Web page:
These are some advertisements / features related to the 1964 to 1965 World’s Fair held in New York City (Photos clipped from an old New York Central Headlight)
New York Central’s property included the following hotels: Barclay, Biltmore, Commodore, Park Lane, Roosevelt, Waldorf-Astoria.
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The M&E trains were ordinary passenger trains in the timetable. the term “first class” was really without meaning as those trains ran only in double track territory where they were cleared by signal indication. They were just part of the flow of passenger trains and moved at the usual passenger train speeds with no special priority that wasn’t usual for any other passenger train.
The time it took them to get across the railroad was purely a matter of the horsepower per ton of the train. The reason the Century could make better time was that it had less tonnage for the horsepower. A heavy M&E train could not get across the line as fast because it took much longer to accelerate to the speed limit.
There seems to be a mystique about these trains arising from the romance of the fast mail of earlier years. On the NYC they didn’t “go like hell” any more than other passenger trains that ran nonstop between Albany and Syracuse or Buffalo and cleveland, or …etc.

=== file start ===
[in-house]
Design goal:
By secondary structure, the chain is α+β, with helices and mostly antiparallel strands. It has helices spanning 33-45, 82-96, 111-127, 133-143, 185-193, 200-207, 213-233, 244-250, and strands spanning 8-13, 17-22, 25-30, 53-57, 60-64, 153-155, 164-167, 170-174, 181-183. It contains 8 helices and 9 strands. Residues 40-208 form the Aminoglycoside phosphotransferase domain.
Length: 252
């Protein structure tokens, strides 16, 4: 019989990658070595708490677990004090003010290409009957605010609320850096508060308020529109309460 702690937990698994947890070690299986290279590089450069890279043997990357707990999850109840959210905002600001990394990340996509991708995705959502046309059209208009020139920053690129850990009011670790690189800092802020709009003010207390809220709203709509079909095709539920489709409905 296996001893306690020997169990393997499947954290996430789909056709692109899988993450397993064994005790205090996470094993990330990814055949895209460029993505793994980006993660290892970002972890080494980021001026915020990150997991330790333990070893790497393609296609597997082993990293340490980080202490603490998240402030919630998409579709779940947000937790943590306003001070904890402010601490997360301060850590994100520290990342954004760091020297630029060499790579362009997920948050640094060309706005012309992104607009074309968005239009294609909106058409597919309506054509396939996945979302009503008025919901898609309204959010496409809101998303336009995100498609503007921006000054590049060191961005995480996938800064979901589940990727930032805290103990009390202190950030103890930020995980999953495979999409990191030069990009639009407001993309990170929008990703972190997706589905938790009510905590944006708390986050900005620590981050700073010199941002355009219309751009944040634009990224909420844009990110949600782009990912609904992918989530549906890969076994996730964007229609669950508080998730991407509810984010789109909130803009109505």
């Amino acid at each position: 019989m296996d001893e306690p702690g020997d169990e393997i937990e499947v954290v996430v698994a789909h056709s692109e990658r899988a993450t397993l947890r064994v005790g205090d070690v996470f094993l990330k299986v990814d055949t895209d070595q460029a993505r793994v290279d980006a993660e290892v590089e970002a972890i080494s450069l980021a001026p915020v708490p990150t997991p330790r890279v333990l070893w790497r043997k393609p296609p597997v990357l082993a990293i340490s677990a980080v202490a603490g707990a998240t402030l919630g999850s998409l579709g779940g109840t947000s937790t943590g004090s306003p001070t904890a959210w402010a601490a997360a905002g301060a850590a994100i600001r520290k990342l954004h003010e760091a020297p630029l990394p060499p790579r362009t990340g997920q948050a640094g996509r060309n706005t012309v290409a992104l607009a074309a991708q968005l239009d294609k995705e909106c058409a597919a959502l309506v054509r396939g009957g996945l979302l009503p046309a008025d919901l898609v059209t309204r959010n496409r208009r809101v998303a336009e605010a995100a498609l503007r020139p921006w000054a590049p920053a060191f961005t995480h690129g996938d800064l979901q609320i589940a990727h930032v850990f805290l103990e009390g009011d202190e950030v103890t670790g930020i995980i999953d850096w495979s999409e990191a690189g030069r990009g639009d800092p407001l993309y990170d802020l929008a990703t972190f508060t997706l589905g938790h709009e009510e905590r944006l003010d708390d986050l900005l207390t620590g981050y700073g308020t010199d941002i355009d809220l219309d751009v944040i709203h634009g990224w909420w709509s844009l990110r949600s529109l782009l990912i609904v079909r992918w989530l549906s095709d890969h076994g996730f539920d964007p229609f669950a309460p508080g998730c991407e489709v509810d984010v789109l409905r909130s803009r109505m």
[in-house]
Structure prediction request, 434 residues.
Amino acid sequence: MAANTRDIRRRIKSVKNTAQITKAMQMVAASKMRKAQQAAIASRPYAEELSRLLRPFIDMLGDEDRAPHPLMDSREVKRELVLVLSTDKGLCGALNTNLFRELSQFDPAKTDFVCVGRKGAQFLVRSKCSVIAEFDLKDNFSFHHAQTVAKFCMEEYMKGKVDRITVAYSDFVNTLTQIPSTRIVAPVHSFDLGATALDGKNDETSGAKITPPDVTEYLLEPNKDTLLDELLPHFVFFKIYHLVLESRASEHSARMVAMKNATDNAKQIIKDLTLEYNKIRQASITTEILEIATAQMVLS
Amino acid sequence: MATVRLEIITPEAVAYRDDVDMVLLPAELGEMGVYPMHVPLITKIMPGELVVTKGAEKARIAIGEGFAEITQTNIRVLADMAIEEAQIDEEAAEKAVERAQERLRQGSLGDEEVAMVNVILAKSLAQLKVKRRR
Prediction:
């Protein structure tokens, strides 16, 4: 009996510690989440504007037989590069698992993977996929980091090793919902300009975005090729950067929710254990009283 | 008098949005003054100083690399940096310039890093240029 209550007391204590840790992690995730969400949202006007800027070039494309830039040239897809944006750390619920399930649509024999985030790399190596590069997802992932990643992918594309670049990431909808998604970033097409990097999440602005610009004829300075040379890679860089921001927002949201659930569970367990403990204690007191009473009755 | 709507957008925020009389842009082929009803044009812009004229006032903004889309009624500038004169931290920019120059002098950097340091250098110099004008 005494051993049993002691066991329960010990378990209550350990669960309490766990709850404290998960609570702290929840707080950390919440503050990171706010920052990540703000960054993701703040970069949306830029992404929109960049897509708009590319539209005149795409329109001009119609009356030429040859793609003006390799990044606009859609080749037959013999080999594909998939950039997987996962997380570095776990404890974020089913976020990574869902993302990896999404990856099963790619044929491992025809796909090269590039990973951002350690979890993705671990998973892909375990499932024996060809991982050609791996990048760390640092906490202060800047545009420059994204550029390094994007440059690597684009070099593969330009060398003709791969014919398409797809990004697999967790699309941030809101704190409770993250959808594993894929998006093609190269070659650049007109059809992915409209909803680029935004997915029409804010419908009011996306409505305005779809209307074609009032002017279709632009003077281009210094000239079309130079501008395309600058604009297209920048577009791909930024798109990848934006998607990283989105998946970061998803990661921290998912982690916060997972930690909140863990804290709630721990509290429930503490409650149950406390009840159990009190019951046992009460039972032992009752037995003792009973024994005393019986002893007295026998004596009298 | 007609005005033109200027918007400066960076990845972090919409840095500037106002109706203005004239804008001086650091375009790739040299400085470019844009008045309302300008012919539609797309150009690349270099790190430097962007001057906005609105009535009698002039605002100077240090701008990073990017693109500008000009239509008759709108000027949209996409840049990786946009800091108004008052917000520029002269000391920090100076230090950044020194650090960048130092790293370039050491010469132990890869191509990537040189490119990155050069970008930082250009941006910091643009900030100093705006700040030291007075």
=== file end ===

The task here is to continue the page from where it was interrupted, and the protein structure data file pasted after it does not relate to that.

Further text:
A Rider Car was operated at the rear of a Mail & Express train for the benefit of the train crew. Passenger equipment was perfered or mandated for this purpose because these trains operated at passenger train speeds and a regular caboose would not be suitable for this service account its running gear (springs & journal boxes). Because all cars of a mail train may not have steam head connectors, Rider Cars assigned to this service usually had a stove/furnace in one end for crew comfort in inclement weather.
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All ashore that’s going’ ashore…..
As the ships drew closer to Leyte, the American soldiers already on shore were being hampered by logistical problems which caused a severe delay in capturing the island. When the 11th A/B division arrived, General Hodge was finally able to move General Arnold’s 7th division and their plans came together.
Letter XV Landing Somewhere in the Philippines
We landed here in the Philippines yesterday morn, but before leaving the ship, the Japs treated us with their honorable (?) presence in the form of bombing planes. Shore batteries kept hammering at them in the gloom of a misty a.m. and the tracer’s bullets reaching up to the planes made a very pretty but gruesome…
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